Jyväskylä is one of the most desired places to study and live in Finland. Since its founding as a teacher training seminary, the university has attracted students from all over the country to the spectacular Seminaarimäki campus. It has been said that the University of Jyväskylä has educated all of Finland. In many families, generation after generation has begun school in Jyväskylä.

Emeritus Professor Hannu Tervo’s family has university students in no less than five generations. This is special because the Tervo family story encapsulates Jyväskylä’s attraction. The members of the family have arrived in Jyväskylä from different parts of Finland: Sotkamo in the 1870s, Helsinki in the 1910s, Imatra in the 1940s, Vaasa in the 1970s and – finally – Jyväskylä in the 2000s. “None of them had the family tradition in mind when they chose Jyväskylä as their place of study,” Tervo says. It’s just that Jyväskylä has always been an excellent choice.

The first to arrive was Hannu’s great-grandfather, Jussi Pekka Tervo, in 1873. The son of a small house and a big family left Sotkamo for the interior of Finland driven by a desire for progress. After graduating from the first Finnish-language teacher-training seminary, Jussi Pekka served 43 years as a teacher in Nokia. He was an enthusiastic teacher with a range of skills and interests.

“This happy, singing and playful man from Kainuu brought with him from the North the first pair of skis in the parish, went skiing downhill so that his beard flew in the wind, with the pupils following behind.”

At the teacher-training seminary, the secondary school graduate classes were called “hospitant classes”. The 22-year-old Hilkka Rissanen, Hannu Tervo’s grandmother, began studying at the Jyväskylä seminary in 1911 and she graduated as an elementary school teacher. Starting a family and bringing up children kept her away from teaching for many years. Later, she taught gymnastics for girls as well as drawing and art at the Inkeroinen mixed secondary school, Hannu explains.

Hilkka’s youngest child, Tuija Ranta, came to Jyväskylä from Imatra to study to be an elementary school teacher in 1943. The dream of Jyväskylä to have a university had made rapid progress as the seminary became the Jyväskylä College of Education in 1934. Tuija made her teacher career in Vaasa, where she moved with her husband in 1949. She became a conscientious and well-liked teacher in the Vaasa Hietalahti school, which was built in the late 1950s.

“Tuija excelled as a teacher of the third and fourth years and prepared hundreds of pupils for secondary school.”

After Tuija’s son, Hannu Tervo, graduated secondary school in Vaasa in 1971, he weighed his choices. The senior student issue of the Jyväskylä Students’ Union magazine made him realise that Jyväskylä could be a nice place to study. He applied and was admitted to study statistics and economics in the Faculty of Education and Social Sciences.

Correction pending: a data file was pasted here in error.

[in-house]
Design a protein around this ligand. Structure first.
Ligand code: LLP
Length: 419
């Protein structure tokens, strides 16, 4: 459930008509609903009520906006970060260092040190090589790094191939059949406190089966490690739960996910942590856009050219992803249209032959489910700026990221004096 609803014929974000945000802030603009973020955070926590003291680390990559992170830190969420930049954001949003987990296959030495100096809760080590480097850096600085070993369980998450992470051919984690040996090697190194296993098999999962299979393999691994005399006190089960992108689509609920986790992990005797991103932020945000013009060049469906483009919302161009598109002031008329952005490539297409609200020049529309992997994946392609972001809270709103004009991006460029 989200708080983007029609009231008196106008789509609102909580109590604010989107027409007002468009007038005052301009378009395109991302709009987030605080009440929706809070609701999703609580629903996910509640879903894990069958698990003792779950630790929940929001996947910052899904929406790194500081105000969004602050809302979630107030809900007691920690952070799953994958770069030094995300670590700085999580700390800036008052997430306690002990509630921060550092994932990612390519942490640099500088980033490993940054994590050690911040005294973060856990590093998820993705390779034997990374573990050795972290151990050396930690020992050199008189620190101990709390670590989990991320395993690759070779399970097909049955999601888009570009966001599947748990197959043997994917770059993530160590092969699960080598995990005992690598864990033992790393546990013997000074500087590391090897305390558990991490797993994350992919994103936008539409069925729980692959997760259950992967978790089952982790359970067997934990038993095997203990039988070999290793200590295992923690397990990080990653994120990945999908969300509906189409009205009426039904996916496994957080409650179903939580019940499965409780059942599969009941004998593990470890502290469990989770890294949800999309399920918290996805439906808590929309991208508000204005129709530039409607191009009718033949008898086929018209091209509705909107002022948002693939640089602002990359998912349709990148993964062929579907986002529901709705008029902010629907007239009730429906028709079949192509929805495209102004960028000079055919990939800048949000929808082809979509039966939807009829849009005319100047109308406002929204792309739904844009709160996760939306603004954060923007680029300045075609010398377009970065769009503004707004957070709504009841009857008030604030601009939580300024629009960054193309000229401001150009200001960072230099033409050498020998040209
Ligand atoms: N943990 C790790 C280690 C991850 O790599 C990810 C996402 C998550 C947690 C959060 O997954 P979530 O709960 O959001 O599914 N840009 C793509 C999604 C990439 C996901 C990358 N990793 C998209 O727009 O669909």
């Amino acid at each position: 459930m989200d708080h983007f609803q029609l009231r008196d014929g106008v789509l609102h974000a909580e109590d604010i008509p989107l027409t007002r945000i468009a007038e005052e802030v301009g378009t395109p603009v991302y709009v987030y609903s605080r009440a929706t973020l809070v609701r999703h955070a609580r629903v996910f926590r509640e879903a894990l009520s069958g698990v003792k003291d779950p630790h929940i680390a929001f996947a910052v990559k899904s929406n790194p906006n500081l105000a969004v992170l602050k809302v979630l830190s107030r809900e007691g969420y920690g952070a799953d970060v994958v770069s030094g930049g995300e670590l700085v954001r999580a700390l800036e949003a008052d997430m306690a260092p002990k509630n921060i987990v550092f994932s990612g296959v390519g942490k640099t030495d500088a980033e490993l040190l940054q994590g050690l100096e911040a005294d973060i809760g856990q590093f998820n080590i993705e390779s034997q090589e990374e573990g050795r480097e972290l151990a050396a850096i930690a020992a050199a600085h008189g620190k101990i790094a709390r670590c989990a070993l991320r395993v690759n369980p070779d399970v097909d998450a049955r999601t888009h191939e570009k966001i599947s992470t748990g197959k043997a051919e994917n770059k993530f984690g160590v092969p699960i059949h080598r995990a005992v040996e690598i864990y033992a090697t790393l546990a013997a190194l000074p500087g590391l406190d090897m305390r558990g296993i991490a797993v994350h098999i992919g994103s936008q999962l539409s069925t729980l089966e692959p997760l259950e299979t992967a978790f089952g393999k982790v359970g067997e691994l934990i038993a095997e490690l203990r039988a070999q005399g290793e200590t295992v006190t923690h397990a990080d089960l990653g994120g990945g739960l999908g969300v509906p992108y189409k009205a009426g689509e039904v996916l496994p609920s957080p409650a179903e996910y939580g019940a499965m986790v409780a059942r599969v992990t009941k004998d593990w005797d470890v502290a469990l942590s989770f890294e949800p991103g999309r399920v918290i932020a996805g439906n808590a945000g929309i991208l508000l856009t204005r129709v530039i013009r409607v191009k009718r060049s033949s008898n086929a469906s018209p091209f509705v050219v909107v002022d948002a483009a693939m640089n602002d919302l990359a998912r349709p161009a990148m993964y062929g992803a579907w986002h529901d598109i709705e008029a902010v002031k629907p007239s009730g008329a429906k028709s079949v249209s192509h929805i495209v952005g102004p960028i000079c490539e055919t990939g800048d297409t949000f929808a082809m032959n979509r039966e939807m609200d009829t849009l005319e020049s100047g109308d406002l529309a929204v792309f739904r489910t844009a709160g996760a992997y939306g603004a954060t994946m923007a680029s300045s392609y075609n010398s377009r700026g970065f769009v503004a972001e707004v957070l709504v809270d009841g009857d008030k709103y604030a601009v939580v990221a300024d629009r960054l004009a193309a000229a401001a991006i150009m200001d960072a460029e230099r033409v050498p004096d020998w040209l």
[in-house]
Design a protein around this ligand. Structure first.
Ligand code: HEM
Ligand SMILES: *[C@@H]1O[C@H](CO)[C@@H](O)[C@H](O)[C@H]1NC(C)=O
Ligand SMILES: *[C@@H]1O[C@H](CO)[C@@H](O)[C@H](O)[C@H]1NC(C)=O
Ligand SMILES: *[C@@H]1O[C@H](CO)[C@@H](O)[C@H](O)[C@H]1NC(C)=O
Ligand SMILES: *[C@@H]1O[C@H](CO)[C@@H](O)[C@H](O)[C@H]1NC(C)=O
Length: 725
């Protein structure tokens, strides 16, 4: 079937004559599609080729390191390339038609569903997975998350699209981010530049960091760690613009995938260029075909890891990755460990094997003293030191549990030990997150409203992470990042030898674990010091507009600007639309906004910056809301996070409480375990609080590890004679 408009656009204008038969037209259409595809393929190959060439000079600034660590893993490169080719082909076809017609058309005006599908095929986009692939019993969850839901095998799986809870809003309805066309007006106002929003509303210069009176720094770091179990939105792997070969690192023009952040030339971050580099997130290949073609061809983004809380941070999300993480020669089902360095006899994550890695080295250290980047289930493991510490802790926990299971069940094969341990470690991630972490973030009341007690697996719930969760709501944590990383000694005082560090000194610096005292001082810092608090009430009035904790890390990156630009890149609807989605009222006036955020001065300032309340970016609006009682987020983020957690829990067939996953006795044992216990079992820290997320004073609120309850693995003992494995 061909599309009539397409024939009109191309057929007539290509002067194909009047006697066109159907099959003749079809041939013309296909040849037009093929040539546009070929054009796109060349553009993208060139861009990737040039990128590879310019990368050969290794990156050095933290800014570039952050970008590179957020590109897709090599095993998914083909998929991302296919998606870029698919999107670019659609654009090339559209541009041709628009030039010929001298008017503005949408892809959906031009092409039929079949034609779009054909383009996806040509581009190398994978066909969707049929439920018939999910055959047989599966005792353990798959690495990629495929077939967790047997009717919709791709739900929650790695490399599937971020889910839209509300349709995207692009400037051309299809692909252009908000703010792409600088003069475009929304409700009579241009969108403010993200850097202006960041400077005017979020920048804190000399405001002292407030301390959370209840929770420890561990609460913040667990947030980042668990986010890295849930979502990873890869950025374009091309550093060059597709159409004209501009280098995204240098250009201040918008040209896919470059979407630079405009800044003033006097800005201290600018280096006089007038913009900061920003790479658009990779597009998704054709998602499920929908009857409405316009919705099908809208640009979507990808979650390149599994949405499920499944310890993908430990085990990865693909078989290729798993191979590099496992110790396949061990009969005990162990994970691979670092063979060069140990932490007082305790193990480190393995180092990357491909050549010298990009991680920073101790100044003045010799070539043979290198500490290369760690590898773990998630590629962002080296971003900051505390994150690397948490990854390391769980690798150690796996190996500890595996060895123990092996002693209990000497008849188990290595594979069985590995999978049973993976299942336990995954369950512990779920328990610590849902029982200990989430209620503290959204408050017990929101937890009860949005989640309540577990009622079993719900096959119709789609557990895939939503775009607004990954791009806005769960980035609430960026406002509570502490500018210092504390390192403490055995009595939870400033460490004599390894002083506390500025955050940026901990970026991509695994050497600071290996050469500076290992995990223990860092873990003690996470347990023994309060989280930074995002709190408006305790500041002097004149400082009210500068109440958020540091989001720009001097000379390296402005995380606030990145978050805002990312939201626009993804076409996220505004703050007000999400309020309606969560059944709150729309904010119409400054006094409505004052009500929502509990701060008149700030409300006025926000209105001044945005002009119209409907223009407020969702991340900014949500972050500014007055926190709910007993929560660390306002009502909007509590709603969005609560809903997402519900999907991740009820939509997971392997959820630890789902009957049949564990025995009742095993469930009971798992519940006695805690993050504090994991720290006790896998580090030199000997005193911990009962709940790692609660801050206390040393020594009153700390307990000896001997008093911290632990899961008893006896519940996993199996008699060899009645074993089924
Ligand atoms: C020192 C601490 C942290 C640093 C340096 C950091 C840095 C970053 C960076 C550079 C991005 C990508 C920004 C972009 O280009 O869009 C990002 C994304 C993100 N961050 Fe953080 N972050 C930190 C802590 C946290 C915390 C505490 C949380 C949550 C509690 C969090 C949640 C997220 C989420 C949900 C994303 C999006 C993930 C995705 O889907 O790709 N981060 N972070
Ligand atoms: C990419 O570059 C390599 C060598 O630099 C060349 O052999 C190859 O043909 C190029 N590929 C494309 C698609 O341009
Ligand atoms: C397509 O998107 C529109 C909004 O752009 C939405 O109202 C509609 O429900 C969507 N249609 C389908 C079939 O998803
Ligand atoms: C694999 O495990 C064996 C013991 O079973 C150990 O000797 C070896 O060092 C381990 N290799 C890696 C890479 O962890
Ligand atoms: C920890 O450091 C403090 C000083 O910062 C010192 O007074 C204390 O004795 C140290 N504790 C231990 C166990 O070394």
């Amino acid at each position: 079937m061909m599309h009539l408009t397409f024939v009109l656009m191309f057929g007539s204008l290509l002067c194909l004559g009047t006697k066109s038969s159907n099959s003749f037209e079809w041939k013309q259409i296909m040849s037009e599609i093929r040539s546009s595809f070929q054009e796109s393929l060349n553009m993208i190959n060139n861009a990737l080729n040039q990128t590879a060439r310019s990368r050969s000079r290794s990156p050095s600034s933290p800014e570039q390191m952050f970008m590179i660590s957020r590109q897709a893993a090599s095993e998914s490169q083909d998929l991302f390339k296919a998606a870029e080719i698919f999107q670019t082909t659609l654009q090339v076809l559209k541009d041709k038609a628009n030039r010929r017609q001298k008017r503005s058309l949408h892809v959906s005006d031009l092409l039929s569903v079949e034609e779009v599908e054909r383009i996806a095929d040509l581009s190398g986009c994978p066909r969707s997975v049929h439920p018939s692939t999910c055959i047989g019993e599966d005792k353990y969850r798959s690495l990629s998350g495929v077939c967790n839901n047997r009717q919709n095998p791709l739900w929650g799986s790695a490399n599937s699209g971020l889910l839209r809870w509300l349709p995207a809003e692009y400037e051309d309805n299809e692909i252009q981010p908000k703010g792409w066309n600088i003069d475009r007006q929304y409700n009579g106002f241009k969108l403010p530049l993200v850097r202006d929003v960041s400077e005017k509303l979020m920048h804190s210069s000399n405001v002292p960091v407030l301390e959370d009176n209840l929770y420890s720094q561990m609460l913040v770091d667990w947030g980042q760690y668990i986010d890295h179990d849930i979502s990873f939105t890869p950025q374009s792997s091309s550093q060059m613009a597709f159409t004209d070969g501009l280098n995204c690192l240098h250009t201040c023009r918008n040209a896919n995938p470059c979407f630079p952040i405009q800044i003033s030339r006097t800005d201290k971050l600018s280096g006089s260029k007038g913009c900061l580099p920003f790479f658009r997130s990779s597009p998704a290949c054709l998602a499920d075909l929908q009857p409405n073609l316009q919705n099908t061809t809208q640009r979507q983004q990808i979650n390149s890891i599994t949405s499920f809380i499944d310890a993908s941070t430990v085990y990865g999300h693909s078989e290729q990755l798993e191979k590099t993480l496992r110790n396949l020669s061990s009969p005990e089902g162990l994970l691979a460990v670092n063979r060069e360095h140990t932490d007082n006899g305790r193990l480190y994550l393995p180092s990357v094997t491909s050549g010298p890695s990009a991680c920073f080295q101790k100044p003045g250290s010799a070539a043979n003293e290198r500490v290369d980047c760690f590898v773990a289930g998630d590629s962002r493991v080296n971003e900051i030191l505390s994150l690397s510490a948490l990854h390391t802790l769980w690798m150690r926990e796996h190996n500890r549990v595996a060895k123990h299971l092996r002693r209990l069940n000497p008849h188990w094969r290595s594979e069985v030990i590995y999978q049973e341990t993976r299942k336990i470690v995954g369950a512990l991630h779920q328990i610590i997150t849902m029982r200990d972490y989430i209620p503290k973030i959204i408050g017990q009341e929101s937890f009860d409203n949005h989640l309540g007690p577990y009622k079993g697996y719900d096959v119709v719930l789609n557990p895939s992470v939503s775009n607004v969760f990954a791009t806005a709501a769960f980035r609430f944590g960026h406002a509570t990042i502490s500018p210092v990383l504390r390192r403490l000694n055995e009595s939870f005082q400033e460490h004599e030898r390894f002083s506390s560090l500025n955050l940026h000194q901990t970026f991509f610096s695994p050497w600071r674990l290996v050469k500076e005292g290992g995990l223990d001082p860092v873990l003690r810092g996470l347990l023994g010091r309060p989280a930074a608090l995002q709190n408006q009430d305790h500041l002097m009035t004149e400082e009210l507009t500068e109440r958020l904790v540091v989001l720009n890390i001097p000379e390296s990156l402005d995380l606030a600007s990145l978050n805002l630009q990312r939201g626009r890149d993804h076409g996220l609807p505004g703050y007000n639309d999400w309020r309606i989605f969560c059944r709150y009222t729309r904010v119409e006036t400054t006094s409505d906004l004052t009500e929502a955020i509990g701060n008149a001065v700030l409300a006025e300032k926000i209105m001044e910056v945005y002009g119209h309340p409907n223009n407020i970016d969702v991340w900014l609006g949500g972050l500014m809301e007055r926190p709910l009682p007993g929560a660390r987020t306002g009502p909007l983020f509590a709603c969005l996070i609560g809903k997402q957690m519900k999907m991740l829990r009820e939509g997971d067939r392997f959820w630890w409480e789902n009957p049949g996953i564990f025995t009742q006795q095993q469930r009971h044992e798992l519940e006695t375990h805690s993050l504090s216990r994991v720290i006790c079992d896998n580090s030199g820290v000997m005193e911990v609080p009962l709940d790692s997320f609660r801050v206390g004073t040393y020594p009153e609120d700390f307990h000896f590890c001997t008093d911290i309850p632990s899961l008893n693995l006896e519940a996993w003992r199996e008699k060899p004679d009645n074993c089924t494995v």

During a single generation, both the city and university had steadily grown. The now multidisciplinary college of education officially became a university in 1966. The strength of the city were the students, who brought a unique energy. Even today, the large number of students has made Jyväskylä known as a community that values and inspires its members, and which turns students into top professionals.

“Student life in the early 1970s was all about having fun, politics and studying. Parties organised by students were very lively. The cry of ‘one person, one vote’ was heard at many student demonstrations. The Degree Reform was in progress and a new generation was taking over.”

Hannu Tervo began work at the rapidly expanding university. The dream of his student days, to settle down in lively Jyväskylä, came true. His growing family followed him. A doctoral degree and other qualifications helped him establish his position as a professor of economics.

At the turn of the 2000s, Hannu’s daughter, Saara Tervo, was looking for a direction in her studies. An au pair year in Paris helped her see that studies in the Faculty of Education might be the solution. Special Education, in particular, seemed interesting. Originally, her intention was to study somewhere else but she was impressed by the high level of education studies in Jyväskylä. When Saara, after a competitive student selection, was admitted to study special education in Jyväskylä, she felt she had made the right choice. Today, she works as a special education teacher in Laukaa.

Saara’s daughter, who is a secondary school student, is already thinking about the future and studies in education are an option. There might soon see a sixth-generation student at the campus.

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